Not surprisingly, Roy is an avid motor racing fan, and has raced karts in and outdoors with a lot of good results. He explains: “I can credit Sir Jackie Stewart and his brilliant way of explaining how to drive a racing car to get the best from it, for my deeper interest in the finer art of driving; not faster as such, but being able to make good progress, swiftly and smoothly.

“I entered a driving competition at Silverstone circuit in the 1980s organised by VW Motoring Magazine involving various disciplines, including one popular with Jackie Stewart. It involved a tennis ball attached to a string in a bowl on a car’s bonnet and a timed slalom-type course. The main aim was to be the fastest while keeping the ball in the bowl; a brilliant way of testing one’s smoothness. Others involved quad bikes, karting, reversing vans through obstacles and fast slalom courses. All this took place on a very wet day, each driver accrued points for each event, and I was pleased to be runner up to the eventual winner.”

Today, Roy drives an Audi A4 S Line purchased new in 2007. He says its variable ratio auto gearbox makes it a much more relaxing drive, along with his most loved piece of tech - cruise control. Prior to this he owned a 1983 Mk1 GTI VW Golf for 21 years, covering 250,000 miles. “So I figured a new Audi would comfortably last me for the rest of my days,” he says.

When reflecting on his early years of his driving, Roy says he would be very critical of his attitude: to speed (albeit before a national speed limit), his observation and hazard perception, and more. “Of course, these are things that experience teach us, but thankfully there are also organisations such as IAM RoadSmart, to help us on the way.”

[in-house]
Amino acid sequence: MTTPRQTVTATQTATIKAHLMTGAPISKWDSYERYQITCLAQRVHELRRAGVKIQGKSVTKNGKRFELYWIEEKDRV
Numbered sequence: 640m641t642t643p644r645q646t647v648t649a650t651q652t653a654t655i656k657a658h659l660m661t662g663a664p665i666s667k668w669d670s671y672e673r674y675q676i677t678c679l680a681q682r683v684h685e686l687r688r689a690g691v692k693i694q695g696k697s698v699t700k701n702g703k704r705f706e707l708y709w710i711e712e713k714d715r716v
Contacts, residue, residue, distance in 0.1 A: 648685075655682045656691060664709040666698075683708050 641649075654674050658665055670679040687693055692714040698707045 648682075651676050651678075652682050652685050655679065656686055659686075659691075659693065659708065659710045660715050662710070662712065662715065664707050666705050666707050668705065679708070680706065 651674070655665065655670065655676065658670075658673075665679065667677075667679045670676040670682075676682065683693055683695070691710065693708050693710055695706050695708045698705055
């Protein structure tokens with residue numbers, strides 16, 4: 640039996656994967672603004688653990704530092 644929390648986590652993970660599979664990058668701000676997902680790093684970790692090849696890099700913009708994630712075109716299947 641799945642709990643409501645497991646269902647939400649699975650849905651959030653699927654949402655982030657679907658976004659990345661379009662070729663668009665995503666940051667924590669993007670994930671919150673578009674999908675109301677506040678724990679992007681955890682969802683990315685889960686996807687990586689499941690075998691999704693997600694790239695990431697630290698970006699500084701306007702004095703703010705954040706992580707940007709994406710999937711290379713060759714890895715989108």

Of course, Roy recognises there is little resemblance between today's road and traffic conditions and those in the 1950s and 1960s. He adds: “And of course, the vehicles are a world apart too. A normal shopping car of today could probably out accelerate Stirling Moss’s Jaguar XK120, at least to 60 mph anyway!”

Roy also stresses the good things about roads today, with safety measures being top, followed by signage, lighting, and road design, while he also acknowledges the technology of today's cars, which makes them far superior to those in years gone by.

“Technology, back when I worked at Jack Barclays was confined to flashing indicators, windscreen washers, the fitting of seat belts and a little round knob that allowed the driver to balance the front and rear radio speakers,” he says, adding: “Obviously the biggest change today is the sheer volume of traffic occupying what seems like every road we travel on. Back in the 1960s on my journeys north on the M1, once past Watford Gap services it was amazing how free of traffic the roads were. Nowadays, every lane at whatever time of day is usually full of vehicles, making it even more important to be fully attentive and aware of everything going on around you. People who say they get bored driving on motorways are quite obviously not doing it properly. To add, what I like least of all is to be stationary in endless queues of traffic, most especially on the M25!”

Since retiring at the age of 65, Roy doesn’t of course cover the miles he once did, but still enjoys every mile he drives. “The joy of feeling the steering wheel in one's hands means a lot to me and the help I have received from IAM RoadSmart over the years has been invaluable and has kept me safe. When I’m asked what I enjoy most about driving, I say it’s having the knowledge to drive within the law, at an appropriate speed, to drive smoothly and courteously, to not have issues with other drivers and most of all to end all journey’s safely.

“At the last count I have driven well over a million miles in my lifetime, and I hope to continue for a few more years yet.”

Member stories

One million miles…and counting